This article focuses on peace-building processes in fragile societies traumatised by violence and conflict. It argues that disarmament, demobilisation, and reintegration (DDR) programmes largely overlook the relationship between violent ‘militarised’ male identities and behaviour, and risks to women’s security. DDR programmes need to work with men to support them to evolve non-violent ways of ‘being a man’. The article draws on research from Colombia to illustrate its argument and show the negative consequences of combatants’ reintegration on women’s lives in that context. It suggests key steps to challenge wartime masculinities that should be included in DDR and peace-building programmes, and considers wider implications for development and humanitarian work in fragile contexts.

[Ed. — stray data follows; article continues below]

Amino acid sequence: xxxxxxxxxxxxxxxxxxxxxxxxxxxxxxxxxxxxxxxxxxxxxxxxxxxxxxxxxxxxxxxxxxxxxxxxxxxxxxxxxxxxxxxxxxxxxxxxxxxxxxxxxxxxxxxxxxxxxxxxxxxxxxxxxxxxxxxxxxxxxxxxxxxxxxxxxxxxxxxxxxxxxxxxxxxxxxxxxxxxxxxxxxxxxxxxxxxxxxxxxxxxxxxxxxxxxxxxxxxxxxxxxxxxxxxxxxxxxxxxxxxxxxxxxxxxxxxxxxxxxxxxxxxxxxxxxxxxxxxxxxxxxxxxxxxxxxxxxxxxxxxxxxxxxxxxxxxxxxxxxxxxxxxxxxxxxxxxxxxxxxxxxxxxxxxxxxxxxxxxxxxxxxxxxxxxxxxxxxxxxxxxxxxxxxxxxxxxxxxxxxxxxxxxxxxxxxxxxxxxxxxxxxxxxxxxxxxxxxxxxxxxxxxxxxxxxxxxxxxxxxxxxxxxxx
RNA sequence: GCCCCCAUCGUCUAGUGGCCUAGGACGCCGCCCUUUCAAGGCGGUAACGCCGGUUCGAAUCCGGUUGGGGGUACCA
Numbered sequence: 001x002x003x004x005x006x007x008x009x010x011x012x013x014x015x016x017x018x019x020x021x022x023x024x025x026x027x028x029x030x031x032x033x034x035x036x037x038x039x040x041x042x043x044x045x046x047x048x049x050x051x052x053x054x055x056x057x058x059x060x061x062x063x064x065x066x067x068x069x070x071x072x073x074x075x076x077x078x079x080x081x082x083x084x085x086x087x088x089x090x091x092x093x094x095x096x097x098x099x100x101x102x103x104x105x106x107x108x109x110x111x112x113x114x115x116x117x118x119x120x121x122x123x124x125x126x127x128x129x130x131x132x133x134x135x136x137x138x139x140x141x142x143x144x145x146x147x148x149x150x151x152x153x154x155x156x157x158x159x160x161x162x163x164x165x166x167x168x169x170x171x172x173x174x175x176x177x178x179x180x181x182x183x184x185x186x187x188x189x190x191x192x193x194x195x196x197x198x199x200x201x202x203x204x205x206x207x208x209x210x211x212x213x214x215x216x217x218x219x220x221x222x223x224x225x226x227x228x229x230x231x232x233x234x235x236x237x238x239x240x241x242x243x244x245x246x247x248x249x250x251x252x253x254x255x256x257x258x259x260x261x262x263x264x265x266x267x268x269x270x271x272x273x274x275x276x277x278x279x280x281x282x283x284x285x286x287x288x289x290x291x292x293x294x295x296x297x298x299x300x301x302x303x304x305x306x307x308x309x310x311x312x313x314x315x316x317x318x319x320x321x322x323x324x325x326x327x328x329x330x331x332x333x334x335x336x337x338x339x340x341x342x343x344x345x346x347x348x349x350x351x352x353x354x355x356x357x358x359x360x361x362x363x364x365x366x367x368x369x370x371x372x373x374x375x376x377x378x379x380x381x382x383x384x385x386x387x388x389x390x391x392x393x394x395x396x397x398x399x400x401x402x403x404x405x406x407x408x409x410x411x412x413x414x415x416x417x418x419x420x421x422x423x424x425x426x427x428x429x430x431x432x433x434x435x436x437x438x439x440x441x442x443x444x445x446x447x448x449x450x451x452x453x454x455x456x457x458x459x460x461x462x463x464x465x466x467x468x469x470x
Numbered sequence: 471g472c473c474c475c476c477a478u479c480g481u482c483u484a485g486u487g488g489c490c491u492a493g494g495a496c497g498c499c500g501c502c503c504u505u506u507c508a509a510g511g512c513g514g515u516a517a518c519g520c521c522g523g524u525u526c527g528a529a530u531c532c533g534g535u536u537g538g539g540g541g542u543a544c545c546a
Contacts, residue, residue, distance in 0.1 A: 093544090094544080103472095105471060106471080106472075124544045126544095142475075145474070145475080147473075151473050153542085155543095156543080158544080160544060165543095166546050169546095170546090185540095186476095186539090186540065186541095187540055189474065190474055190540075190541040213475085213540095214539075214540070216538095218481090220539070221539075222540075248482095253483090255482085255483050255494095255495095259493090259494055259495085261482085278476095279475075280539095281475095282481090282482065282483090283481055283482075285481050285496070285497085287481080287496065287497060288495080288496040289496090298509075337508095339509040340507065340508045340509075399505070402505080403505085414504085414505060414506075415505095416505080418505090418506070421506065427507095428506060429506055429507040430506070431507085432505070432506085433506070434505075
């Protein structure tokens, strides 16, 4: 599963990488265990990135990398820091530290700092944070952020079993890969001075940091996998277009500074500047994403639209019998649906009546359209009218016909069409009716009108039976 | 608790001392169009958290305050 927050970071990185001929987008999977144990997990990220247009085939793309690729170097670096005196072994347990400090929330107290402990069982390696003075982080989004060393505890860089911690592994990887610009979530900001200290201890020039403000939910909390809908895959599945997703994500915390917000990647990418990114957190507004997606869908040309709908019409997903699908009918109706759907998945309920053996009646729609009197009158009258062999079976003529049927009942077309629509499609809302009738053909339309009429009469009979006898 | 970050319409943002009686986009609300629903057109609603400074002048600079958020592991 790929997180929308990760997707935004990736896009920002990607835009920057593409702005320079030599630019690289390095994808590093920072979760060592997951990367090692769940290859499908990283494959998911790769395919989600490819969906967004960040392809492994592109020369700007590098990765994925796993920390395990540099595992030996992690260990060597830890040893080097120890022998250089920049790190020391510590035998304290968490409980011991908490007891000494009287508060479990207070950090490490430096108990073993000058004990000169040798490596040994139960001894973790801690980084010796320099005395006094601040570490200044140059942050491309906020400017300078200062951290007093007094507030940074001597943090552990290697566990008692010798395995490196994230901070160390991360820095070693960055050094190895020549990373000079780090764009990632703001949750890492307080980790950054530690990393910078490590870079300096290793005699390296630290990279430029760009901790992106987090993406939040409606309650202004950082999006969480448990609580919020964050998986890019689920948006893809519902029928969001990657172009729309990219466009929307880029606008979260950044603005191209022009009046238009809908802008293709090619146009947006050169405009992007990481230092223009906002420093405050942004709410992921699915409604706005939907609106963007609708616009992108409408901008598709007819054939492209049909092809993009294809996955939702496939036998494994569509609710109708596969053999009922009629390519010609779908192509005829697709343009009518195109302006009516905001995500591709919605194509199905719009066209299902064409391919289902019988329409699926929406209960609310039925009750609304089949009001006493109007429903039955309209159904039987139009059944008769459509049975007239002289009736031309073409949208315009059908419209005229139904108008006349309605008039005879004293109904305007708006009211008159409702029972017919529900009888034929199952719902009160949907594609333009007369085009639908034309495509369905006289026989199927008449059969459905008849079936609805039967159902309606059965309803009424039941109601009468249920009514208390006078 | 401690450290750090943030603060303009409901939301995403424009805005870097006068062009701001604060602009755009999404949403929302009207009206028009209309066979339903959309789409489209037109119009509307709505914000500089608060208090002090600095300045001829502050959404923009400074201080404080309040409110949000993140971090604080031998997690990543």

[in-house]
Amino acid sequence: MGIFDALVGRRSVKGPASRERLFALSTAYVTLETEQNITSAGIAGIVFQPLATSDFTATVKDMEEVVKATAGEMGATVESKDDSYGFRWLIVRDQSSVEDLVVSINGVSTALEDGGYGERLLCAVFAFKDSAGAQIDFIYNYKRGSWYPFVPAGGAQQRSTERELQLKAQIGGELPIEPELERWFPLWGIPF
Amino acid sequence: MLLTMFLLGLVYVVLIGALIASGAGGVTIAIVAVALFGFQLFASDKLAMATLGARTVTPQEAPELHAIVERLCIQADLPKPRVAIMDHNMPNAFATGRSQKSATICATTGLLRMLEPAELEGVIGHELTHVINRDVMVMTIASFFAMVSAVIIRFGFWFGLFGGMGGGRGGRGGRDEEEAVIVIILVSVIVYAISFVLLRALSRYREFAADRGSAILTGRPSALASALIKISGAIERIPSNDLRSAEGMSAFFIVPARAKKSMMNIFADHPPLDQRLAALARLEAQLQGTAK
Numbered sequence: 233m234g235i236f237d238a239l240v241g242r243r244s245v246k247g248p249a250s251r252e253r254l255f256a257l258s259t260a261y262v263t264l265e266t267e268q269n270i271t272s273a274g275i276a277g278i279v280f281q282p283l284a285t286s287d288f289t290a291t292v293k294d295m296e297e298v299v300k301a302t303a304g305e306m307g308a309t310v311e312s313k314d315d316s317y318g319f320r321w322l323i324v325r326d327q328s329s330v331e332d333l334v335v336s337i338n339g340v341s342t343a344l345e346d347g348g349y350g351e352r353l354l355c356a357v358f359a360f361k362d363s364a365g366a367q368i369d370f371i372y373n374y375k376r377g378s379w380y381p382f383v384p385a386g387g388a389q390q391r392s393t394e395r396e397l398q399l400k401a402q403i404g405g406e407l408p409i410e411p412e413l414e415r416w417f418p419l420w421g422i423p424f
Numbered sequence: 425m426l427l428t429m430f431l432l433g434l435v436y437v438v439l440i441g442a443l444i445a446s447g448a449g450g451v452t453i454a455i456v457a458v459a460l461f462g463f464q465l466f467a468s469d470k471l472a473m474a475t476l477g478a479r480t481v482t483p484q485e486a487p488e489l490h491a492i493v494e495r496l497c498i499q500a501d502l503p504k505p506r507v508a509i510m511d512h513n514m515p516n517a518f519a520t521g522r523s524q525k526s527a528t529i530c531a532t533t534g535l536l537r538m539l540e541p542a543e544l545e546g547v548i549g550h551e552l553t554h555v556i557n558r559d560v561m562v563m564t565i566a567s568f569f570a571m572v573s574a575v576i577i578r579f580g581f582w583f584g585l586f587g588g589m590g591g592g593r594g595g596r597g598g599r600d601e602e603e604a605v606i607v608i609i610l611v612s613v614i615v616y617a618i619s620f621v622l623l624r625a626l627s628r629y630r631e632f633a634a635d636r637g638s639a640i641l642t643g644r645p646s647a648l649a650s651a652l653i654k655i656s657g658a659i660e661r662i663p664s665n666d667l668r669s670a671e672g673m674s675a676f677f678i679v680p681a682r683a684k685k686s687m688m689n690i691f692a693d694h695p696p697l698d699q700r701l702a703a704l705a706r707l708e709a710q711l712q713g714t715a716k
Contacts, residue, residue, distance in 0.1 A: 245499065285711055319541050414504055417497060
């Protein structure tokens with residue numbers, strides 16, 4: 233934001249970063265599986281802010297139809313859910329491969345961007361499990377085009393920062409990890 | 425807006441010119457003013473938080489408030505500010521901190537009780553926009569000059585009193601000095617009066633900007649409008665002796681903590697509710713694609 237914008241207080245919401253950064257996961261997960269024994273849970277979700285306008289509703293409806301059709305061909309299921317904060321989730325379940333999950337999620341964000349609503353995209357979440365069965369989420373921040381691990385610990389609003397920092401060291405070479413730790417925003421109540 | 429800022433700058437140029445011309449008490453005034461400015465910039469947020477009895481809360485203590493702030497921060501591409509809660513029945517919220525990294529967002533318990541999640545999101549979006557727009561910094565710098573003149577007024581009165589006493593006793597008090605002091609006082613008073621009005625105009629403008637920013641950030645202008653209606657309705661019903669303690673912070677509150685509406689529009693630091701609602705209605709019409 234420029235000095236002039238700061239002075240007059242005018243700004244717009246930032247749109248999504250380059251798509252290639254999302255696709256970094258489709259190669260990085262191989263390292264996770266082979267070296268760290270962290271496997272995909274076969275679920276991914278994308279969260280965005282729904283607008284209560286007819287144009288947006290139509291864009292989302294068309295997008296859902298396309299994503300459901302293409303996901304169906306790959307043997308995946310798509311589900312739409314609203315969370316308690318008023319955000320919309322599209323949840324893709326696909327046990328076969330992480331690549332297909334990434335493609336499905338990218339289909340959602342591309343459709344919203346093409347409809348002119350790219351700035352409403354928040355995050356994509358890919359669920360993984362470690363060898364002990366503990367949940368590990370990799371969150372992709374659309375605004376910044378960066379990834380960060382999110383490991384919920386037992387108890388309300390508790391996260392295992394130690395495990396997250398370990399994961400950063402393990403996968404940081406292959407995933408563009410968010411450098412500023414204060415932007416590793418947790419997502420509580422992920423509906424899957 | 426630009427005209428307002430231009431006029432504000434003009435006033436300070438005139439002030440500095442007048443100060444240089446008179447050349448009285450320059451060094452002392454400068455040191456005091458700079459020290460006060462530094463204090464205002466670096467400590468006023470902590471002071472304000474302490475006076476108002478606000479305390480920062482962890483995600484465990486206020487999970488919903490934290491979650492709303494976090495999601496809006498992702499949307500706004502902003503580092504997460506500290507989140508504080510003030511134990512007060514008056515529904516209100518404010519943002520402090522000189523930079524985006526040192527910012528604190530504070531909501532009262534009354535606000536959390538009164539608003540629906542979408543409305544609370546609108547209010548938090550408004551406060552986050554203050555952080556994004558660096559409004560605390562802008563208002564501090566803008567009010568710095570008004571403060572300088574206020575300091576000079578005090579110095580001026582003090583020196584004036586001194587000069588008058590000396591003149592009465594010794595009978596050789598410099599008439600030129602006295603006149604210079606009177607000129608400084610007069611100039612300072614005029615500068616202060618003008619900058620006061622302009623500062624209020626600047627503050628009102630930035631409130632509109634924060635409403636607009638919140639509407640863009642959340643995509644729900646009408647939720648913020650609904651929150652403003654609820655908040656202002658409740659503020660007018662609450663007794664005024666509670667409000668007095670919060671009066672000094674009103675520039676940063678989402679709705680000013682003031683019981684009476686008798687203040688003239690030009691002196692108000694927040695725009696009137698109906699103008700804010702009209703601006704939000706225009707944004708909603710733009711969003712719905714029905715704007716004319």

This article is hosted by our co-publisher Taylor & Francis. For the full table of contents for this and previous issues of this journal, please visit the Gender and Development website.
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